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Flour: an indispensable feedstock

Flour is a fine powder produced by the milling of cereals or other seeds rich in starch and is produced as a raw material for the preparation of many food products, mostly bread.
There are many types of flours and their distinction is made based on their content in proteins, depending on either the degree and way of milling or on the type of cereal from which they are created.
Every type of cereal affects differently the flavour, the texture and the colour of the final product in which it is used.


The most common types of flours are the following:

  • Type M flour (durum): the type M or hard or rustic flour is made from hard wheat. It is strong and rich in gluten and has a distinctive yellowish colour. It is suitable for the preparation of bread, pasta and generally for doughs.
  • 70% flour: this flour is produced by selected soft wheats and has the distinctive flourish texture. It contains a minimum quantity of brans, is whiter than the rustic flour and has less content in proteins and gluten. It may be strong or soft and can be used in bakery for the preparation of bread, but also in confectionery for cakes, biscuits, kourabiedes (Greek biscuits) and buns.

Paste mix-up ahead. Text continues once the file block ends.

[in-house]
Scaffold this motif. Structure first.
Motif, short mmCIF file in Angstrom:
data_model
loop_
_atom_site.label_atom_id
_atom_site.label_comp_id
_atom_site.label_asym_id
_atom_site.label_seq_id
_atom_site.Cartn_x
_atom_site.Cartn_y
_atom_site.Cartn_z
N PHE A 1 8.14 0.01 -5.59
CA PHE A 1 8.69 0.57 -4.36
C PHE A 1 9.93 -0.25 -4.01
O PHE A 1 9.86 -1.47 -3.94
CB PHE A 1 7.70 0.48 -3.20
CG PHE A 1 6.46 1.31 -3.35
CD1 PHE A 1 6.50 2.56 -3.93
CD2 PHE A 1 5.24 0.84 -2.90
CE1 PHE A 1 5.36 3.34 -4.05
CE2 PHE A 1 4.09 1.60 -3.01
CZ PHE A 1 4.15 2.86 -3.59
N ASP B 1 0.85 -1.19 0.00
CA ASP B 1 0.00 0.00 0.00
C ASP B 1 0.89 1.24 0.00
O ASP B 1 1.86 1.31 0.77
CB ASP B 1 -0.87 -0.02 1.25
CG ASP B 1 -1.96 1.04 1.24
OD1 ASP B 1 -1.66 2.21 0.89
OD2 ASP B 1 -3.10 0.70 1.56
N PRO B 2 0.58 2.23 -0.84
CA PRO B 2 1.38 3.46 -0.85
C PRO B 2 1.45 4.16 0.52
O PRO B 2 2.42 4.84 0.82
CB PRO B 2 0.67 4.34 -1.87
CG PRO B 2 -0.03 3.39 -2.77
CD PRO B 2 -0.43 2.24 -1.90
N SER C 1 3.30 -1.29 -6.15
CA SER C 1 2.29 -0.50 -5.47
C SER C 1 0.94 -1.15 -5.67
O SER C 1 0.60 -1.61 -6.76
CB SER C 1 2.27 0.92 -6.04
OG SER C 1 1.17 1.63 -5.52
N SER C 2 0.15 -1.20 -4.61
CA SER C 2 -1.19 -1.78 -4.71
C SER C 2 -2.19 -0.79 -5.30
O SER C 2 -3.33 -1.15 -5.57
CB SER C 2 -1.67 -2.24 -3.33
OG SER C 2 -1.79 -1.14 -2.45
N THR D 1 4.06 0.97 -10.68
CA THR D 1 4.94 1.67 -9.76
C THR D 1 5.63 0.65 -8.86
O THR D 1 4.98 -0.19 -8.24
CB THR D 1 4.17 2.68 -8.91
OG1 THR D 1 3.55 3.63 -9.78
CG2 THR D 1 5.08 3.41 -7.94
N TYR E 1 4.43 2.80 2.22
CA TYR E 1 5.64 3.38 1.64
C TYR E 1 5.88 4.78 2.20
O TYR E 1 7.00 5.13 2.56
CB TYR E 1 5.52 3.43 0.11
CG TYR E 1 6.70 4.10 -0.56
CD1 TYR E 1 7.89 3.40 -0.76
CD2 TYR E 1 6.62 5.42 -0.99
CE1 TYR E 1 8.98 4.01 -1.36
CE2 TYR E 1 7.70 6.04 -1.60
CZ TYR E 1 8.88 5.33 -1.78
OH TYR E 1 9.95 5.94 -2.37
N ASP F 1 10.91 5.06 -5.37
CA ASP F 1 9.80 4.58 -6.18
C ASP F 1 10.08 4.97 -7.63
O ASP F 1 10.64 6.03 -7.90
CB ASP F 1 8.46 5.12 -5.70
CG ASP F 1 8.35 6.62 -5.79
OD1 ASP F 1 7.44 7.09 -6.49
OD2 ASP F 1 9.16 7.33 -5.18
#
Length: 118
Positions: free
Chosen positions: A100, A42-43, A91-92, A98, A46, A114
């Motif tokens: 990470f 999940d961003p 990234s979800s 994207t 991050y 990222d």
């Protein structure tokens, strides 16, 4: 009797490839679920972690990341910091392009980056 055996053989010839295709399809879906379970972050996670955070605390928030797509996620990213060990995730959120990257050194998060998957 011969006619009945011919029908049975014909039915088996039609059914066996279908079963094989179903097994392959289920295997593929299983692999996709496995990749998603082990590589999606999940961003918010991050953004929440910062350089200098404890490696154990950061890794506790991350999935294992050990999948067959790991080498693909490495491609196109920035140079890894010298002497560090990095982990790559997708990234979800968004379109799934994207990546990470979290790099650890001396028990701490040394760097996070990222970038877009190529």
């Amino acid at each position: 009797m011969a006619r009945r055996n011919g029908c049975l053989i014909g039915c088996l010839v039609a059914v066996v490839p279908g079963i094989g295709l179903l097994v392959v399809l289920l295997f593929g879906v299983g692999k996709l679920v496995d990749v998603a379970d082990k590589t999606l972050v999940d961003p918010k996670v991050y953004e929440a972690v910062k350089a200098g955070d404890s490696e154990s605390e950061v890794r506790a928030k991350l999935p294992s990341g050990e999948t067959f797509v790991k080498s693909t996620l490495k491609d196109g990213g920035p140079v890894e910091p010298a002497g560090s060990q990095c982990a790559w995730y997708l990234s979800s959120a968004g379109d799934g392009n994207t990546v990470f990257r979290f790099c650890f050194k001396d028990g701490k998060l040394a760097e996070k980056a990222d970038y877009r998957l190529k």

• Cornflour: it is a flour made of the endosperm of corn, has a yellowish colour and is rich in vitamin A, iron and calcium. Cornflour is a flour with low content in proteins, its doughs have no elasticity and produce hard but very tasty products. It is indicated for corn bread, breadsticks, Mexican pies, sponge cake and cakes.
  • Wholegrain flour: the wholegrain flour contains the whole of the wheat germ and, therefore, is rich in vegetable fibres, vitamins B, E, Ω6, Ω3, proteins and trace elements. It is indicated for brown bread, as well as for a variety of bakery products.
  • 55% flour: the flours of this type are also called all-purpose flours, as they are ideal for the preparation of a variety of bakery products, like white bread, cake, crispbread, puff pastries etc.